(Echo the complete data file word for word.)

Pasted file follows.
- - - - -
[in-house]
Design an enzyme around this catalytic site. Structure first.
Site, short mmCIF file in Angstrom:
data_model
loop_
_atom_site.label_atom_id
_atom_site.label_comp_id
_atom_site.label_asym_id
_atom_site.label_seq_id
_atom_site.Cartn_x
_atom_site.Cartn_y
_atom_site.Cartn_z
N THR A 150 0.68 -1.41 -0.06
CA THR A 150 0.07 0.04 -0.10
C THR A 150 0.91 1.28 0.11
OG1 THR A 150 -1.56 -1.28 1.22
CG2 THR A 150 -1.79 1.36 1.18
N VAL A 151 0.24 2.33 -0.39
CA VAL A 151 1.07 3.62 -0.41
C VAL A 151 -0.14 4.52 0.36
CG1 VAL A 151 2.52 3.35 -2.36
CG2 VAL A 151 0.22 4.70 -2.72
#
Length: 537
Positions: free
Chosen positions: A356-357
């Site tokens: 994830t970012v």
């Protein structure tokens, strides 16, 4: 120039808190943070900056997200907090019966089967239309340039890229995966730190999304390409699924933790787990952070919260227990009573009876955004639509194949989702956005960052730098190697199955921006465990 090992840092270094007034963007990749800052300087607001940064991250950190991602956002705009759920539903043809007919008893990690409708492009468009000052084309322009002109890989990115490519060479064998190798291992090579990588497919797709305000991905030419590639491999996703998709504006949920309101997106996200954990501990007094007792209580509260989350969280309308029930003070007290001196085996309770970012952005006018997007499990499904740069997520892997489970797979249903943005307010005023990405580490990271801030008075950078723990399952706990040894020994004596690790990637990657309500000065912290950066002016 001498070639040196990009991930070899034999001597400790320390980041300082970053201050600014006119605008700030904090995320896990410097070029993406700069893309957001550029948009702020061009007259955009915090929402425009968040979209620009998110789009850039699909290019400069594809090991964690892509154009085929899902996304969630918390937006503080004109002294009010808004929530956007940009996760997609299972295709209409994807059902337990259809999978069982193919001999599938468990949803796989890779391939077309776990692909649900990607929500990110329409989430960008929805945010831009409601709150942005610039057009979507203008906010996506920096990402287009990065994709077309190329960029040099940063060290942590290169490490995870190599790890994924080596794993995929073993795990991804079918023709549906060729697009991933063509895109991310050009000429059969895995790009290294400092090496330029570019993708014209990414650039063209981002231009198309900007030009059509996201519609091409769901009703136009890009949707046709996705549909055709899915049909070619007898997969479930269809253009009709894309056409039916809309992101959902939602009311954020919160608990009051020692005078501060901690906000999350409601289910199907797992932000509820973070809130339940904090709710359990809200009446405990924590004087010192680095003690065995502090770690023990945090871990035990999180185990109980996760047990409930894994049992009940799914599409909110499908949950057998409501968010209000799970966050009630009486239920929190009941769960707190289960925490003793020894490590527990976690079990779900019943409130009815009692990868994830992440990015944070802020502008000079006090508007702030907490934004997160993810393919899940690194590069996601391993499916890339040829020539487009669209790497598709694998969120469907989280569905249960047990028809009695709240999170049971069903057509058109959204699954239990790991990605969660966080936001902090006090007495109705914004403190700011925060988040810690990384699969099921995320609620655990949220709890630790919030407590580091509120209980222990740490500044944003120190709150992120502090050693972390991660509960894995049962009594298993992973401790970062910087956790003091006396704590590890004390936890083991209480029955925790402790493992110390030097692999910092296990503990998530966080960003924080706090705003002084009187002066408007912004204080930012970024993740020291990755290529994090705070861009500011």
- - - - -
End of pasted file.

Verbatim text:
[in-house]
Design an enzyme around this catalytic site. Structure first.
Site, short mmCIF file in Angstrom:
data_model
loop_
_atom_site.label_atom_id
_atom_site.label_comp_id
_atom_site.label_asym_id
_atom_site.label_seq_id
_atom_site.Cartn_x
_atom_site.Cartn_y
_atom_site.Cartn_z
N THR A 150 0.68 -1.41 -0.06
CA THR A 150 0.07 0.04 -0.10
C THR A 150 0.91 1.28 0.11
OG1 THR A 150 -1.56 -1.28 1.22
CG2 THR A 150 -1.79 1.36 1.18
N VAL A 151 0.24 2.33 -0.39
CA VAL A 151 1.07 3.62 -0.41
C VAL A 151 -0.14 4.52 0.36
CG1 VAL A 151 2.52 3.35 -2.36
CG2 VAL A 151 0.22 4.70 -2.72
#
Length: 537
Positions: free
Chosen positions: A356-357
């Site tokens: 994830t970012v």
């Protein structure tokens, strides 16, 4: 120039808190943070900056997200907090019966089967239309340039890229995966730190999304390409699924933790787990952070919260227990009573009876955004639509194949989702956005960052730098190697199955921006465990 090992840092270094007034963007990749800052300087607001940064991250950190991602956002705009759920539903043809007919008893990690409708492009468009000052084309322009002109890989990115490519060479064998190798291992090579990588497919797709305000991905030419590639491999996703998709504006949920309101997106996200954990501990007094007792209580509260989350969280309308029930003070007290001196085996309770970012952005006018997007499990499904740069997520892997489970797979249903943005307010005023990405580490990271801030008075950078723990399952706990040894020994004596690790990637990657309500000065912290950066002016 001498070639040196990009991930070899034999001597400790320390980041300082970053201050600014006119605008700030904090995320896990410097070029993406700069893309957001550029948009702020061009007259955009915090929402425009968040979209620009998110789009850039699909290019400069594809090991964690892509154009085929899902996304969630918390937006503080004109002294009010808004929530956007940009996760997609299972295709209409994807059902337990259809999978069982193919001999599938468990949803796989890779391939077309776990692909649900990607929500990110329409989430960008929805945010831009409601709150942005610039057009979507203008906010996506920096990402287009990065994709077309190329960029040099940063060290942590290169490490995870190599790890994924080596794993995929073993795990991804079918023709549906060729697009991933063509895109991310050009000429059969895995790009290294400092090496330029570019993708014209990414650039063209981002231009198309900007030009059509996201519609091409769901009703136009890009949707046709996705549909055709899915049909070619007898997969479930269809253009009709894309056409039916809309992101959902939602009311954020919160608990009051020692005078501060901690906000999350409601289910199907797992932000509820973070809130339940904090709710359990809200009446405990924590004087010192680095003690065995502090770690023990945090871990035990999180185990109980996760047990409930894994049992009940799914599409909110499908949950057998409501968010209000799970966050009630009486239920929190009941769960707190289960925490003793020894490590527990976690079990779900019943409130009815009692990868994830992440990015944070802020502008000079006090508007702030907490934004997160993810393919899940690194590069996601391993499916890339040829020539487009669209790497598709694998969120469907989280569905249960047990028809009695709240999170049971069903057509058109959204699954239990790991990605969660966080936001902090006090007495109705914004403190700011925060988040810690990384699969099921995320609620655990949220709890630790919030407590580091509120209980222990740490500044944003120190709150992120502090050693972390991660509960894995049962009594298993992973401790970062910087956790003091006396704590590890004390936890083991209480029955925790402790493992110390030097692999910092296990503990998530966080960003924080706090705003002084009187002066408007912004204080930012970024993740020291990755290529994090705070861009500011």